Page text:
As expected, the set trigger was simply delightful and helped with accurate shooting. I’m not sure I’d use it routinely for hunting because it’s so light, but if I had a coyote hang up way out there or one that presented a small target, it’s good to know that you can instantly set the trigger down to such a light let-off.

I was a little concerned that with its full-length barrel the 527 would be overly long and have a gangly feel to it, but the proportions are such that the rifle handles well, though it carries just a tad muzzle heavy.

The only problem I encountered was that the bolt travel wasn’t smooth; it wanted to “chatter” in the raceways as I chambered a cartridge. That was not something I experienced at the workbench when I was setting up or later cleaning the 527, so I’m going to attribute it to the 100+ degree heat on my range, and a lube that didn’t stand up to the conditions.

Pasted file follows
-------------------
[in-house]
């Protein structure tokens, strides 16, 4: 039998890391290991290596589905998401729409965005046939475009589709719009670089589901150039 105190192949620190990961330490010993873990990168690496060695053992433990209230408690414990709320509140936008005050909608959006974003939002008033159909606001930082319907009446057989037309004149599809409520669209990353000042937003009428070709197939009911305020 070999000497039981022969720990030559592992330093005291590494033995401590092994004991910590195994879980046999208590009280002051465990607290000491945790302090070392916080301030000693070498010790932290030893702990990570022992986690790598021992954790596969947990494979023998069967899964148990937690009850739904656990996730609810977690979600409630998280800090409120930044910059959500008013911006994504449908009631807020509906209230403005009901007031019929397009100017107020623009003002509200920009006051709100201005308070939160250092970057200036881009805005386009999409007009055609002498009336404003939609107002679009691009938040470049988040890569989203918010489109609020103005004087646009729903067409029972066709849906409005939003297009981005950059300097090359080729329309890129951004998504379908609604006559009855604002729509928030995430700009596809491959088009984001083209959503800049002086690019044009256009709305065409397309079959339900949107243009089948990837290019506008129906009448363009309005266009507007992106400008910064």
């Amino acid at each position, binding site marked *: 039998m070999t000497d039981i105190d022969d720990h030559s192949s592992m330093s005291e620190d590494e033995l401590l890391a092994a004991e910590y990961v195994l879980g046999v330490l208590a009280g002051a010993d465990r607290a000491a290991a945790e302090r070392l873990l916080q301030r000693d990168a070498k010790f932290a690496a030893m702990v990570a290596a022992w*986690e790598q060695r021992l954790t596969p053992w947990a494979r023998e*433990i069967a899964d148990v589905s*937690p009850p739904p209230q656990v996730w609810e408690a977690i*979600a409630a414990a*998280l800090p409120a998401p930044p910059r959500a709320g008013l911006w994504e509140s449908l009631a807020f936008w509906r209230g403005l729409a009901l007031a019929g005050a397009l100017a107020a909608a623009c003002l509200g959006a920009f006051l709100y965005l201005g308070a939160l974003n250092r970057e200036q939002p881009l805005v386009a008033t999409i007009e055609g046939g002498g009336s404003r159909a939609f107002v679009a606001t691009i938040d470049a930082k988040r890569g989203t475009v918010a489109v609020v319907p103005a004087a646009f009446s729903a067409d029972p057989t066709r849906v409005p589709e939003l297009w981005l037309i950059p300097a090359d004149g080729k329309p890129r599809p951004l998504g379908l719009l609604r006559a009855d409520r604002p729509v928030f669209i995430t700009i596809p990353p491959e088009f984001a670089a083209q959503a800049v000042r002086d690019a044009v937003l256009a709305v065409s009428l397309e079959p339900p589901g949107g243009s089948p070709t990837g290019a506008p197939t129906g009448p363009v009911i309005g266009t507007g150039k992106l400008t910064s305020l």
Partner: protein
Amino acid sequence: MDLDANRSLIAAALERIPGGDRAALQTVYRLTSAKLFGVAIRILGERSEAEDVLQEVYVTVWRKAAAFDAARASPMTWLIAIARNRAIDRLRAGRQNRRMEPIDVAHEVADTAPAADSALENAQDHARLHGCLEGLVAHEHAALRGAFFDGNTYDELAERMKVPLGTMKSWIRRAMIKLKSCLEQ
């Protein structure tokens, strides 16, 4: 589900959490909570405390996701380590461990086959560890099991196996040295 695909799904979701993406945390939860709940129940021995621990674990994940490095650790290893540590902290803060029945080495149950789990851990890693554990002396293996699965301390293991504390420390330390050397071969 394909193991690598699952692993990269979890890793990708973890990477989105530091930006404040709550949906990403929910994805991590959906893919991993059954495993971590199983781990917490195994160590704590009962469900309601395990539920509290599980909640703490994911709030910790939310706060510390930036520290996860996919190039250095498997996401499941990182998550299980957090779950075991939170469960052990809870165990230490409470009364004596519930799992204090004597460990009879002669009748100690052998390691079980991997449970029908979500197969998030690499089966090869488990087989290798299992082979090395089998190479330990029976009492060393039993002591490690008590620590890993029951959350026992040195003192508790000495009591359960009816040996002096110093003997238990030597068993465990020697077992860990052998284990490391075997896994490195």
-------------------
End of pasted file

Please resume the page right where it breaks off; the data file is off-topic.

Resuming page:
One thing you’ll notice about CZ rifle owners — they don’t stop with owning only one. “Rich” from Oregon comments on CZ’s website that he owns five and that there’s “not much on the market to compare to them.” “Bob” posts a flat out warning that once you buy a CZ you have to have more than one. “This is your last chance to walk away,” he cautions, “I’m on number seven.” Similarly, “Thomas” reports that he, too, owns seven CZs and adds, “Most new guns I’ve owned from other manufacturers needed some ‘tweaking’ to get them to shoot their best. Trigger jobs, glass bedding, etc. Not my CZ’s!”

Overall, the CZ is a solid rifle. If you’re into the “old school” look but still want all of the accuracy and performance of modern rifle, then the 527 may be the start of your own CZ collection.


MODEL: 527 Varmint
CALIBERS: .17 Hornet, .204 Ruger, .223 Rem.
ACTION: Bolt-action rifle
BARREL: 24 inches, medium-heavy, cold hammer-forged
TRIGGER: Single-stage adjustable CZ SST set trigger; five pounds pull, 15 ounces set trigger pull
SIGHTS: None. Integral 16mm dovetail
STOCK: Turkish walnut
OVERALL LENGTH: 44 1/4 inches
WEIGHT: 7.8 pounds
MSRP: $725